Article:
Letters of intent


Traditionally Courts bend over backwards to find a contract exists where the parties had begun performance whilst negotiations continued. However, in recent years the Court of Appeal (CA) has indicated a firm departure from that approach and this is once again reflected in this case. The implications for contracting parties are potentially quite serious and, in many respects, uncertain.


After a tender process, H selected W as its sub-contractor for certain distribution services. The words ‘subject to contract’ were used frequently in the documentation and the letter of intent made clear that any work undertaken before the formal contract had been concluded was at W's risk.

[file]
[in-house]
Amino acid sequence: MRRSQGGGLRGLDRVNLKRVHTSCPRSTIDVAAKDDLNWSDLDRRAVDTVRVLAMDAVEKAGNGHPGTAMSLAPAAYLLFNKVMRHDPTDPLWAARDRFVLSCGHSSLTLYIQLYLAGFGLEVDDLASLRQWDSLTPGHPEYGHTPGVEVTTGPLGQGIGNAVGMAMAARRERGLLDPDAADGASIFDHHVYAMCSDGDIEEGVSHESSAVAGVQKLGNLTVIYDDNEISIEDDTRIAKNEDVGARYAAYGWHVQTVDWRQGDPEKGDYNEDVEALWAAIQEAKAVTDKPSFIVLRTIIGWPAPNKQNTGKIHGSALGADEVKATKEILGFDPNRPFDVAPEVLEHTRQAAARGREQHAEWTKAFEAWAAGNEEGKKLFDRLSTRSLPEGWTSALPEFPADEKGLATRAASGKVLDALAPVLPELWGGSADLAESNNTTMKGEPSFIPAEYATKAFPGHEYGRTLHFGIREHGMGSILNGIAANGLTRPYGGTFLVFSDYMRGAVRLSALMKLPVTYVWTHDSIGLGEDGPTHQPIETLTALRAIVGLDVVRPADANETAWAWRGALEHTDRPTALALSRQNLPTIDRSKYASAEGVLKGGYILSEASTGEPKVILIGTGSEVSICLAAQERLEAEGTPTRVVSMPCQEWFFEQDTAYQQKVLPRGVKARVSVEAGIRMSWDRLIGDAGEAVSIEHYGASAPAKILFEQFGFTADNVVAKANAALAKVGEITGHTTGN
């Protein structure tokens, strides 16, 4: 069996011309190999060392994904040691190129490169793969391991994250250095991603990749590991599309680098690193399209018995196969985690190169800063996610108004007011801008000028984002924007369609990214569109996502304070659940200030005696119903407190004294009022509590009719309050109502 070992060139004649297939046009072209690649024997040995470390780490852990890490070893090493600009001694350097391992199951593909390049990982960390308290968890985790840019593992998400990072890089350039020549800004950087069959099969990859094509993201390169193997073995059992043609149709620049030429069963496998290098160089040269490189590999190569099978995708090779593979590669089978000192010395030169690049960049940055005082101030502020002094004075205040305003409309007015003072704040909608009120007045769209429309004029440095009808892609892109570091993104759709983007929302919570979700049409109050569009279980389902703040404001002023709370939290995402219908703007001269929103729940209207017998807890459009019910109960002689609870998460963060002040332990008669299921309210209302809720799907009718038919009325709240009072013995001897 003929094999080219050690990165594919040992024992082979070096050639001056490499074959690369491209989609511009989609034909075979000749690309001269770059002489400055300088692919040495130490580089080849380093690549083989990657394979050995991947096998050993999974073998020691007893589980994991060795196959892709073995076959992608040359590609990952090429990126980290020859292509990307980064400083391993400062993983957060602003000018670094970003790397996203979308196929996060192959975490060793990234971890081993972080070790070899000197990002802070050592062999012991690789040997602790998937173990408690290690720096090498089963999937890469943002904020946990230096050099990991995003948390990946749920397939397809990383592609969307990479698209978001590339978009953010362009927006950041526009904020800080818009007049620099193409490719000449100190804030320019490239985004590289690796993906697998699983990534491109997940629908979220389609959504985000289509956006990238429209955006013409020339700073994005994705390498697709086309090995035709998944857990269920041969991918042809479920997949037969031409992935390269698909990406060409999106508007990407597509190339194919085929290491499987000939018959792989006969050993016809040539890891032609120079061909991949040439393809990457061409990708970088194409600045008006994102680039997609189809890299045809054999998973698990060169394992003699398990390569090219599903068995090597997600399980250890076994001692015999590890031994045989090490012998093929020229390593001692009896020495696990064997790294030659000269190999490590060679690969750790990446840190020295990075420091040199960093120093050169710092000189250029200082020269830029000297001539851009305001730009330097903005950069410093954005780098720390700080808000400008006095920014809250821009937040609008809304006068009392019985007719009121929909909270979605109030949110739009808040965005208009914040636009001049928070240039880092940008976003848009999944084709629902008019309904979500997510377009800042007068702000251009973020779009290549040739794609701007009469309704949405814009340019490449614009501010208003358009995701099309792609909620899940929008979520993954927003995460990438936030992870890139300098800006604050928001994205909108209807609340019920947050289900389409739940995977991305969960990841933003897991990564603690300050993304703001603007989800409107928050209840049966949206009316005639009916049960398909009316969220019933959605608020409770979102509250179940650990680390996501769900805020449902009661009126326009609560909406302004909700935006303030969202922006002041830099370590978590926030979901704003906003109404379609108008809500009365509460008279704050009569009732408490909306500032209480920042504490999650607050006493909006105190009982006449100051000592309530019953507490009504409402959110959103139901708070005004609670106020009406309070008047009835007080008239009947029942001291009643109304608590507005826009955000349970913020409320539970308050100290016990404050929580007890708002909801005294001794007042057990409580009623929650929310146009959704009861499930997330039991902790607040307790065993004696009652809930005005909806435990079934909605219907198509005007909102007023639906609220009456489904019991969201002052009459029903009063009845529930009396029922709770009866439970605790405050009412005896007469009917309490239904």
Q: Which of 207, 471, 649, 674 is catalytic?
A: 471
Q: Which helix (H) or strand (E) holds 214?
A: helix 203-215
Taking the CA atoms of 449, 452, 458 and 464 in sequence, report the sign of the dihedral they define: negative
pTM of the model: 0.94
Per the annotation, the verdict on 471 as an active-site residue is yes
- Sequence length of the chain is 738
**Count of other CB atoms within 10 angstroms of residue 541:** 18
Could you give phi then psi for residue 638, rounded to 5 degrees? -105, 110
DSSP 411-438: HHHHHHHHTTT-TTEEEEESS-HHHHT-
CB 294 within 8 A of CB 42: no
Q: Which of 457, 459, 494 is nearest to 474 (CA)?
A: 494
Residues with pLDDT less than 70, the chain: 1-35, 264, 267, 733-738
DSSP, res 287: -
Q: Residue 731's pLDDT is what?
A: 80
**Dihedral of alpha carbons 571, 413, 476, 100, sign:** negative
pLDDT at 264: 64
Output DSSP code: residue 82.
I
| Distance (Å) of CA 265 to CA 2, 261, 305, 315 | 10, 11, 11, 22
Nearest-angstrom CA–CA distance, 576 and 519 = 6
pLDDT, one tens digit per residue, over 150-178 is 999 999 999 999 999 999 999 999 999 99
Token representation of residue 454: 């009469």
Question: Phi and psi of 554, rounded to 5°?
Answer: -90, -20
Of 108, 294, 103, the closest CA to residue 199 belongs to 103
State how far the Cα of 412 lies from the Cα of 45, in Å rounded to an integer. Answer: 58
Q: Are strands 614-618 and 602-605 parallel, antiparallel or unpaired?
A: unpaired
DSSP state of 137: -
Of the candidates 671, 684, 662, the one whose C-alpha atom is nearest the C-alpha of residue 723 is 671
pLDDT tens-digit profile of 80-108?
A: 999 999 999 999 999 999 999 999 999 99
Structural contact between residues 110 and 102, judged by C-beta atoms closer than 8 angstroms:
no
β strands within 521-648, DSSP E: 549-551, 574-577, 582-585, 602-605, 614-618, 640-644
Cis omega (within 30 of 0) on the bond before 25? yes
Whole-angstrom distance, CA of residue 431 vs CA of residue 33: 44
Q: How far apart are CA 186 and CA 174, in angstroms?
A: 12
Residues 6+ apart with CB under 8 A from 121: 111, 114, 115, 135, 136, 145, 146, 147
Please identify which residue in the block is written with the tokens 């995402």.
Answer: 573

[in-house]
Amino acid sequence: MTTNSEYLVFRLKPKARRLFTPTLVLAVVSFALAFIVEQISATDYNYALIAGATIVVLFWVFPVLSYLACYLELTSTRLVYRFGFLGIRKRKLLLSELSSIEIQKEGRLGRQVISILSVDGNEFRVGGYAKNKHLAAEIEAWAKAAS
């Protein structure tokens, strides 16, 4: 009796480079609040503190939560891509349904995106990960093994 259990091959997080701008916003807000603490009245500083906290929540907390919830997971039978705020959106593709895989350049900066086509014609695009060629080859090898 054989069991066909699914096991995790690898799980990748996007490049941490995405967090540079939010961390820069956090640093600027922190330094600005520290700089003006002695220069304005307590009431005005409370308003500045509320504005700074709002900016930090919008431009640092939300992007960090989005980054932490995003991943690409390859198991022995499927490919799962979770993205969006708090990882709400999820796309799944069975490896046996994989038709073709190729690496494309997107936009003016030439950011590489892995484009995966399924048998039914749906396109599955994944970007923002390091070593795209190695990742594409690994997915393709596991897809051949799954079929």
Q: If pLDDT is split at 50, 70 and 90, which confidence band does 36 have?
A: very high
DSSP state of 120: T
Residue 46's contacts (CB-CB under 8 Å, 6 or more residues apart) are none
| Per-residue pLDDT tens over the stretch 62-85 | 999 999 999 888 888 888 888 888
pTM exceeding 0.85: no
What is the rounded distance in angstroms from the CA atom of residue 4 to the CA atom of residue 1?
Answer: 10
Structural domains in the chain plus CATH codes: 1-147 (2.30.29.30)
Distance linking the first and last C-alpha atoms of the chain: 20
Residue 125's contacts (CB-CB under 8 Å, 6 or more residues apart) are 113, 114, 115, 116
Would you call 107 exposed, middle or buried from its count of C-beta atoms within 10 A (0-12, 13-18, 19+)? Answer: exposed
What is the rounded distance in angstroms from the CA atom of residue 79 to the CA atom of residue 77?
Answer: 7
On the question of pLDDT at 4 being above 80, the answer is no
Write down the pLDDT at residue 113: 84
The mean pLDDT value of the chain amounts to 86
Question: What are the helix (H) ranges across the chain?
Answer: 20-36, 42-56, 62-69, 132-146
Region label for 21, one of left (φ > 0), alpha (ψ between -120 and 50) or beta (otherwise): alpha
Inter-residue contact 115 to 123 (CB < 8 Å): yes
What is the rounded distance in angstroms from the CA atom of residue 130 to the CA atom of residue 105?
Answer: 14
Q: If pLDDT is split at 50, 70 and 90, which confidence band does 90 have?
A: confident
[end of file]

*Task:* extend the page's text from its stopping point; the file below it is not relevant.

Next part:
The parties then entered into an ‘interim agreement’ which was largely on the same terms entered into between H and its previous sub-contractor. No long term contract was ever signed. However, W started performance, invoiced H and H paid W. Later on details of the long term agreement were agreed in principle but H never supplied a signature copy. H then gave six months' notice of its intention to terminate its arrangements with W in line with the notice period referred to in the interim agreement.


points to note:

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